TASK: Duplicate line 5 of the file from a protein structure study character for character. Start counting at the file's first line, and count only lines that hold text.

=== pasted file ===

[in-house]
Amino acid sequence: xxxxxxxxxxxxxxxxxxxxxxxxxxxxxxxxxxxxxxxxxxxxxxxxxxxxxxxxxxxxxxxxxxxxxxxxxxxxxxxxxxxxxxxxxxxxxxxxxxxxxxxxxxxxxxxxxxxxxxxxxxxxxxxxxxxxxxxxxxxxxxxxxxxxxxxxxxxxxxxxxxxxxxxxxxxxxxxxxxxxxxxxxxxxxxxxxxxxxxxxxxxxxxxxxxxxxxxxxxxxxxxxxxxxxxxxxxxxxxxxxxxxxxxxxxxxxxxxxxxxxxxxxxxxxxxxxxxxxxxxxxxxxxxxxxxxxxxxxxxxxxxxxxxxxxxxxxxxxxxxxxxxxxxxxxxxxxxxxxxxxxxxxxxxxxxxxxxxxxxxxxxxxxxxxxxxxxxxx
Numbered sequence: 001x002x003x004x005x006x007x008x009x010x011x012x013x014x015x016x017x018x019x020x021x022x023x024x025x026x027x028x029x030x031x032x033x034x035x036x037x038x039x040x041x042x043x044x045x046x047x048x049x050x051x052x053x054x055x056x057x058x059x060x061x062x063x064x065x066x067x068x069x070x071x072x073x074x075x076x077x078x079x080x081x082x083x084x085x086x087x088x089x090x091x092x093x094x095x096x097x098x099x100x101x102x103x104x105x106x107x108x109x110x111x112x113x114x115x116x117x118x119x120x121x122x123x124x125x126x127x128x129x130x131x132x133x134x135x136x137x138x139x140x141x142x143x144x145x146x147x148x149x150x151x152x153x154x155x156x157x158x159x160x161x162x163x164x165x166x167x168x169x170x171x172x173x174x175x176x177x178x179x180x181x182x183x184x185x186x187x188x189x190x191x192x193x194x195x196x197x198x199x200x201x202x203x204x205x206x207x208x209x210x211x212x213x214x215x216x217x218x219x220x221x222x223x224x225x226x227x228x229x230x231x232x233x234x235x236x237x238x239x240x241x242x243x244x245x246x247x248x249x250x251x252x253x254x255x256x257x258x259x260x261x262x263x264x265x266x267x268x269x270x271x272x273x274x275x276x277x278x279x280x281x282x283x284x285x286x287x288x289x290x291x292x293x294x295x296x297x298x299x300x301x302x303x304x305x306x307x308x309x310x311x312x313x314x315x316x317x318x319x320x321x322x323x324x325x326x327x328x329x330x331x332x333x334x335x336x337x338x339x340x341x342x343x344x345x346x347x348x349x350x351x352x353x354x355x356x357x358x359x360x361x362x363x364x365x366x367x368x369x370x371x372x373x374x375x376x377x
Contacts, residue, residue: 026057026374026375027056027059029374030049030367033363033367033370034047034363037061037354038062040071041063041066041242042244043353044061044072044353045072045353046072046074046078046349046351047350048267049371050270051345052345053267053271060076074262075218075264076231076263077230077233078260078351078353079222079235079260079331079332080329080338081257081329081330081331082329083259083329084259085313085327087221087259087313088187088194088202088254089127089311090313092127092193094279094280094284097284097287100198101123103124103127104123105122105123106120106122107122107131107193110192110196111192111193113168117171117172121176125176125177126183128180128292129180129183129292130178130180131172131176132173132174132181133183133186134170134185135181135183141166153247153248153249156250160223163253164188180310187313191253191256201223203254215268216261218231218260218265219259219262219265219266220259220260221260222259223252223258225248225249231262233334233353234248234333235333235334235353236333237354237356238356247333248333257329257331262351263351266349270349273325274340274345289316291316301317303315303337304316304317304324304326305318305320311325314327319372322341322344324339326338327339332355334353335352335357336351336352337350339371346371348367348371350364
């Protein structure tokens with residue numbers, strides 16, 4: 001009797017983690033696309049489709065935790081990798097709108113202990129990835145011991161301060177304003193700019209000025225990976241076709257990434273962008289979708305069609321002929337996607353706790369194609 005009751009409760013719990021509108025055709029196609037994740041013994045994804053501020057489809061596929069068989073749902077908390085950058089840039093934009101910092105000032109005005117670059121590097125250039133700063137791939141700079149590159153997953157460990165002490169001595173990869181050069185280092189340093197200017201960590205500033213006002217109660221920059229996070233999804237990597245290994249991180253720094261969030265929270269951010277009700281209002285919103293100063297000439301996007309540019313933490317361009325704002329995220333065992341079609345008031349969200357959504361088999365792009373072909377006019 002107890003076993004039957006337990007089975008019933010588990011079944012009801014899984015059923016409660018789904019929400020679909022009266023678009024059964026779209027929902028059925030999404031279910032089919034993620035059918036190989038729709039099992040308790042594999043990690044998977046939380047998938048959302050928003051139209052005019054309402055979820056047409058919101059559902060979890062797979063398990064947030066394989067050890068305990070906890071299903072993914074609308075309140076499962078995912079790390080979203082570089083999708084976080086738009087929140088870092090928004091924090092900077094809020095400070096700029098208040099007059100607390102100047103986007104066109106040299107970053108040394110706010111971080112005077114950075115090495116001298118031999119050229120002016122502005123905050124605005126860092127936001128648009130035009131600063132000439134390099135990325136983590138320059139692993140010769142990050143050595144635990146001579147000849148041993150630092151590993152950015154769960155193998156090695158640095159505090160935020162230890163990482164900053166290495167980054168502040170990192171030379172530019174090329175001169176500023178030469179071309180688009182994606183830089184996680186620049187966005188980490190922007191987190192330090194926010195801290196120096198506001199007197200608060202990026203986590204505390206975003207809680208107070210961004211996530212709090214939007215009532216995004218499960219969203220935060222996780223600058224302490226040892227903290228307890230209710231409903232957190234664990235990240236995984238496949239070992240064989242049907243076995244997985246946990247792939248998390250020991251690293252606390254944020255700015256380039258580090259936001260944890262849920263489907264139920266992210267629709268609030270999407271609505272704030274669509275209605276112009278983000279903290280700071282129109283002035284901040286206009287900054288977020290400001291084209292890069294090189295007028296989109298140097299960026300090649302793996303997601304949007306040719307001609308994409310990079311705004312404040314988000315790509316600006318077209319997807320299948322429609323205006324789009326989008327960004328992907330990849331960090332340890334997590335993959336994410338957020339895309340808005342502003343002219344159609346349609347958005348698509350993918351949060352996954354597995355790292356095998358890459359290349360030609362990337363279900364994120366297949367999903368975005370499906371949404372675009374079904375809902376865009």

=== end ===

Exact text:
């Protein structure tokens with residue numbers, strides 16, 4: 001009797017983690033696309049489709065935790081990798097709108113202990129990835145011991161301060177304003193700019209000025225990976241076709257990434273962008289979708305069609321002929337996607353706790369194609 005009751009409760013719990021509108025055709029196609037994740041013994045994804053501020057489809061596929069068989073749902077908390085950058089840039093934009101910092105000032109005005117670059121590097125250039133700063137791939141700079149590159153997953157460990165002490169001595173990869181050069185280092189340093197200017201960590205500033213006002217109660221920059229996070233999804237990597245290994249991180253720094261969030265929270269951010277009700281209002285919103293100063297000439301996007309540019313933490317361009325704002329995220333065992341079609345008031349969200357959504361088999365792009373072909377006019 002107890003076993004039957006337990007089975008019933010588990011079944012009801014899984015059923016409660018789904019929400020679909022009266023678009024059964026779209027929902028059925030999404031279910032089919034993620035059918036190989038729709039099992040308790042594999043990690044998977046939380047998938048959302050928003051139209052005019054309402055979820056047409058919101059559902060979890062797979063398990064947030066394989067050890068305990070906890071299903072993914074609308075309140076499962078995912079790390080979203082570089083999708084976080086738009087929140088870092090928004091924090092900077094809020095400070096700029098208040099007059100607390102100047103986007104066109106040299107970053108040394110706010111971080112005077114950075115090495116001298118031999119050229120002016122502005123905050124605005126860092127936001128648009130035009131600063132000439134390099135990325136983590138320059139692993140010769142990050143050595144635990146001579147000849148041993150630092151590993152950015154769960155193998156090695158640095159505090160935020162230890163990482164900053166290495167980054168502040170990192171030379172530019174090329175001169176500023178030469179071309180688009182994606183830089184996680186620049187966005188980490190922007191987190192330090194926010195801290196120096198506001199007197200608060202990026203986590204505390206975003207809680208107070210961004211996530212709090214939007215009532216995004218499960219969203220935060222996780223600058224302490226040892227903290228307890230209710231409903232957190234664990235990240236995984238496949239070992240064989242049907243076995244997985246946990247792939248998390250020991251690293252606390254944020255700015256380039258580090259936001260944890262849920263489907264139920266992210267629709268609030270999407271609505272704030274669509275209605276112009278983000279903290280700071282129109283002035284901040286206009287900054288977020290400001291084209292890069294090189295007028296989109298140097299960026300090649302793996303997601304949007306040719307001609308994409310990079311705004312404040314988000315790509316600006318077209319997807320299948322429609323205006324789009326989008327960004328992907330990849331960090332340890334997590335993959336994410338957020339895309340808005342502003343002219344159609346349609347958005348698509350993918351949060352996954354597995355790292356095998358890459359290349360030609362990337363279900364994120366297949367999903368975005370499906371949404372675009374079904375809902376865009």